Project Leaders To Tackle Human-Wildlife Conflict In Karnataka
Two young women from a village in Karnataka’s Hunsur taluk have been selected as Project Leaders under the Sanctuary Nature Foundation’s flagship Mud on Boots Project. Sandhya Rani and Marina Juliet are the first women leaders under this programme that has been designed to empower grassroots conservationists in India.
Photo Courtesy: The Gerry Martin Project
Twenty-year-old Sandhya Rani works at the Rathnapuri village dairy cooperative. Every morning and evening she settles down with a register and logs the amount of milk that the village folk bring in. At the other end of the village lives 28-year-old Marina Juliet. Marina spends her mornings with her young child, and in the evening attends computer and accounting classes in the hope that this will help her get a job that will add to the family’s income. Their lives and aspirations would be similar to that of millions of rural women across the country, except for the fact that each day, in between these obligations, Marina and Sandhya don the hats of conservationists.
Working under the guidance of The Gerry Martin Project (TGMP), the duo is being trained to mitigate human-snake conflict and conduct door-to-door surveys to understand the epidemiology of snakebite in India. According to the World Health Organisation, snakebite is considered a Neglected Tropical Disease in the country; and a study conducted in 2011 estimates that snakes bite one million people in India every year! By tackling the issue in a head-on and scientific way, Sandhya and Marina will be making a crucial contribution to human-wildlife conflict mitigation efforts. They’re also working with TGMP Director Chandini Chhabra to introduce environmental education to government schools in the district and will be spearheading a campaign that mobilizes village children to adopt and protect the numerous lakes in the area.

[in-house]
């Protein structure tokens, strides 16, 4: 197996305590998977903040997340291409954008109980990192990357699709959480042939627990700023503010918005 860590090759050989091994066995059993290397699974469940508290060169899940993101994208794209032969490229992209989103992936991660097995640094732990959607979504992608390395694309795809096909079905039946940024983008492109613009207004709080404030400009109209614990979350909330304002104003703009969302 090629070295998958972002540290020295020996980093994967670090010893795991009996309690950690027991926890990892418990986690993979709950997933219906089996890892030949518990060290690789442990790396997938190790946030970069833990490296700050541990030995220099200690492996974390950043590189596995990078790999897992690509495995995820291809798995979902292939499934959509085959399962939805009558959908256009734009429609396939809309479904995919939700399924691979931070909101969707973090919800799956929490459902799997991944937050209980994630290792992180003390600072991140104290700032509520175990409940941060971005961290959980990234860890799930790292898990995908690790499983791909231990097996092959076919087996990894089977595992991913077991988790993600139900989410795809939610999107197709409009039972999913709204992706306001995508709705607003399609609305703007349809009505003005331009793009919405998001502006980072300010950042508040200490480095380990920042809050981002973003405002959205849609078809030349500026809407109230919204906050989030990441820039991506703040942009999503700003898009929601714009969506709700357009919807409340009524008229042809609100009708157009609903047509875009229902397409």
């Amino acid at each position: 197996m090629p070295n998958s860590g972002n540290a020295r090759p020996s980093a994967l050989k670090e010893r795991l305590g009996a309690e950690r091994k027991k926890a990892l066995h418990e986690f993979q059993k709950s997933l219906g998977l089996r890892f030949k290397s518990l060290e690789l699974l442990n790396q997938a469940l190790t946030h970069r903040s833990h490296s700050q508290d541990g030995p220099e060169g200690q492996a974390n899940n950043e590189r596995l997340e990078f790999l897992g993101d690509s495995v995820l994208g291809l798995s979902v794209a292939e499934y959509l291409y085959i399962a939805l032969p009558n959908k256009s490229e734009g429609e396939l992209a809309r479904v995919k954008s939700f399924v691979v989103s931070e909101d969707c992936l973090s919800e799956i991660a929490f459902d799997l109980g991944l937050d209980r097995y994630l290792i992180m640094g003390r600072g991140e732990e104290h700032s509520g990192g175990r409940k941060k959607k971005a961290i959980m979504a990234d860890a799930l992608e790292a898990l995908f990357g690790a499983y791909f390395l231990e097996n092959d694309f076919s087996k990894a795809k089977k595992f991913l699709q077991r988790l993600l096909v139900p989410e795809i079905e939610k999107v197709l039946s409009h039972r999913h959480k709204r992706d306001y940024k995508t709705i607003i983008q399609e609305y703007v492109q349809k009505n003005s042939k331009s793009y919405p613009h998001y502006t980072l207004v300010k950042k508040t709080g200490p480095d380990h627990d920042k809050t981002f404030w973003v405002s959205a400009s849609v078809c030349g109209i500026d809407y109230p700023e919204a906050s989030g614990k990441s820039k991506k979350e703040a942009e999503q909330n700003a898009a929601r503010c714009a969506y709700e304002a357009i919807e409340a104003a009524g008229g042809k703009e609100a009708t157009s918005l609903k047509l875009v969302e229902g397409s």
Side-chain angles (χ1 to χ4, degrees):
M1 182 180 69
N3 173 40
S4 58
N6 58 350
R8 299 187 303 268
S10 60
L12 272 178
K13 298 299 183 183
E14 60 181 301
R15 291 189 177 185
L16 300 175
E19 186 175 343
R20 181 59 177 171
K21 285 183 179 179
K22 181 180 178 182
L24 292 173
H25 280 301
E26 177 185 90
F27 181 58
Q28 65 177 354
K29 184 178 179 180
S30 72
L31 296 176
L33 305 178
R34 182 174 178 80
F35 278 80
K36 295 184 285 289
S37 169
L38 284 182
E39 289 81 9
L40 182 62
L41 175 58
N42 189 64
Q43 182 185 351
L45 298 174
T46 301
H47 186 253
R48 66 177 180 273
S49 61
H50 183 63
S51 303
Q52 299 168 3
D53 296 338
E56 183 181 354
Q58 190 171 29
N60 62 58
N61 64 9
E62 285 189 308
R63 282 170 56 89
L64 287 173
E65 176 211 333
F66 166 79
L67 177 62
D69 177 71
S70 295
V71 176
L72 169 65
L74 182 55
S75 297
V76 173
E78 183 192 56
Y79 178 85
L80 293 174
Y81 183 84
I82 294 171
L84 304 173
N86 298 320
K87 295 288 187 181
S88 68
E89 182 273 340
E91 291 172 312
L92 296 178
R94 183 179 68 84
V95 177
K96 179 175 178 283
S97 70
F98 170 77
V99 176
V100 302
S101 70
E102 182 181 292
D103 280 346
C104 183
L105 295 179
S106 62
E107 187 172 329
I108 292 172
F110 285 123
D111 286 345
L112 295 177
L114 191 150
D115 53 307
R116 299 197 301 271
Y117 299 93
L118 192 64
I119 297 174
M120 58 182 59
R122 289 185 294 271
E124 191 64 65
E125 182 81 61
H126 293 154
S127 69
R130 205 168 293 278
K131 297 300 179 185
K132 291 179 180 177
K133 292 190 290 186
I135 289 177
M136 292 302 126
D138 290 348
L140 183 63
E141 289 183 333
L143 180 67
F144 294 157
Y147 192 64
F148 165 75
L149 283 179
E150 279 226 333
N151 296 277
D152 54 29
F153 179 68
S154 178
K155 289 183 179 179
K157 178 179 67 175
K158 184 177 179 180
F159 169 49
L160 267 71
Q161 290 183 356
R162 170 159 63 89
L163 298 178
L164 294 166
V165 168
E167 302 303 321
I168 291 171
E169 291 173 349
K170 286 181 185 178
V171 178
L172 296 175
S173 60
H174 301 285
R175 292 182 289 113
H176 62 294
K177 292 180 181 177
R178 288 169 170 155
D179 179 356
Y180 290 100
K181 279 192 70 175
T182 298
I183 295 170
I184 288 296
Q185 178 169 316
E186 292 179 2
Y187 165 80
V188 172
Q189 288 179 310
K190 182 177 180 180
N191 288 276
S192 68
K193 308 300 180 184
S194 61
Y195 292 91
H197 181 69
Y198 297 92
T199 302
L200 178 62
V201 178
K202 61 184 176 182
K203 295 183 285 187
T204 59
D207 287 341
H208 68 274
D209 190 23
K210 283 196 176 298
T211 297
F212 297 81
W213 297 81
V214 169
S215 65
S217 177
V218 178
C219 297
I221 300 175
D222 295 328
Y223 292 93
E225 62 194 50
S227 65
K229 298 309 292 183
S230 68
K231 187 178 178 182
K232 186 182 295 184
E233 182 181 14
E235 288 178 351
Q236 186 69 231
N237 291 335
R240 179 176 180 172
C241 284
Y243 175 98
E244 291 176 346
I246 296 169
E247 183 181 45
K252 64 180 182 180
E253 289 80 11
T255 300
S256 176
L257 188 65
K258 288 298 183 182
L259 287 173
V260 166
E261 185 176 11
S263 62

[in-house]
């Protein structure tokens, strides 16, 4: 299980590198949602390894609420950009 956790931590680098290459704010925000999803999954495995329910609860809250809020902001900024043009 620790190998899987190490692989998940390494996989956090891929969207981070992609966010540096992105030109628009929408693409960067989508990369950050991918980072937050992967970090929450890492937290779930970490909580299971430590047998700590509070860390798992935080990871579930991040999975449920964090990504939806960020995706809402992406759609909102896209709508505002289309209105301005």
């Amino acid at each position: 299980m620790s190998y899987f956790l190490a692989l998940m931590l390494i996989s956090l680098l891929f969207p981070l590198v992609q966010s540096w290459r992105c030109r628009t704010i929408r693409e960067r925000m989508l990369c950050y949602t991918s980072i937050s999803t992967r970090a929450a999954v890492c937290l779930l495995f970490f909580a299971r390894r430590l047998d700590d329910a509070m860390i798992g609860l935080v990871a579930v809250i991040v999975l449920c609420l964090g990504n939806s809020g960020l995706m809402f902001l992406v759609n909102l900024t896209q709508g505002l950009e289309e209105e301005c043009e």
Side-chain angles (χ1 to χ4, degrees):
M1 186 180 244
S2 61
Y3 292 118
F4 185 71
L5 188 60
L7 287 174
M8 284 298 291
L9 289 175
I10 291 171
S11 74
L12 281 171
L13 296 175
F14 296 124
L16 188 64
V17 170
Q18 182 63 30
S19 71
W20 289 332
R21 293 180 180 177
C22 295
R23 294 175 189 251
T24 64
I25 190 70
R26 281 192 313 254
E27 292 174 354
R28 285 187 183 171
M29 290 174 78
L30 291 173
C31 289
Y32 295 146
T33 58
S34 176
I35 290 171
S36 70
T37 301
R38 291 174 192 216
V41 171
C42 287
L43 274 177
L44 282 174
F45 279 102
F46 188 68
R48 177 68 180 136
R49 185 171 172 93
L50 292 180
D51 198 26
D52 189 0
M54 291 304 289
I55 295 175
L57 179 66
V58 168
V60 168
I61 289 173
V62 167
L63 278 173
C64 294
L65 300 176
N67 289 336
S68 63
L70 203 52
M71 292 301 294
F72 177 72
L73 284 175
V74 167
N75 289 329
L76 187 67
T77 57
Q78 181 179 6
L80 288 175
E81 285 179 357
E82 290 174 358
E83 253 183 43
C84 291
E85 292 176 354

Young, motivated and inspiring, Sandhya and Marina are breaking glass ceilings by entering a field that has been dominated by men. As Gerry Martin, Founder of TGMP and Sanctuary Wildlife Service Award winner, says, “They’re taking the testosterone out of snakebite management and mitigation, which has unfortunately been characterized by poor animal-handling, fear-mongering and unnecessary bravado.”
“Diversity is a priority for us at Sanctuary. When we launched the Mud on Boots Project, we found that only men were being nominated as Project Leaders. We felt this was not indicative of the lack of women in the field, but of the lack of recognition of women in the field. Thus began a concerted effort to unearth women conservationists. We’re very proud to be supporting the work of Marina and Sandhya and are confident of their success under the mentorship of Gerry and Chandini at The Gerry Martin Project,” said Cara Tejpal who heads the Mud on Boots Project for Sanctuary. The funds for Marina and Sandhya’s grant has been made available through the generosity of 241 individuals who donated to a crowdfunding campaign spearheaded by Cara in 2017.
Sanctuary’s Mud on Boots Project is a unique initiative that identifies and empowers conservation heroes by connecting them with mentors, providing a monetary grant and offering other strategic support. To donate to the Mud on Boots Project and empower others like Marina and Sandhya, please write to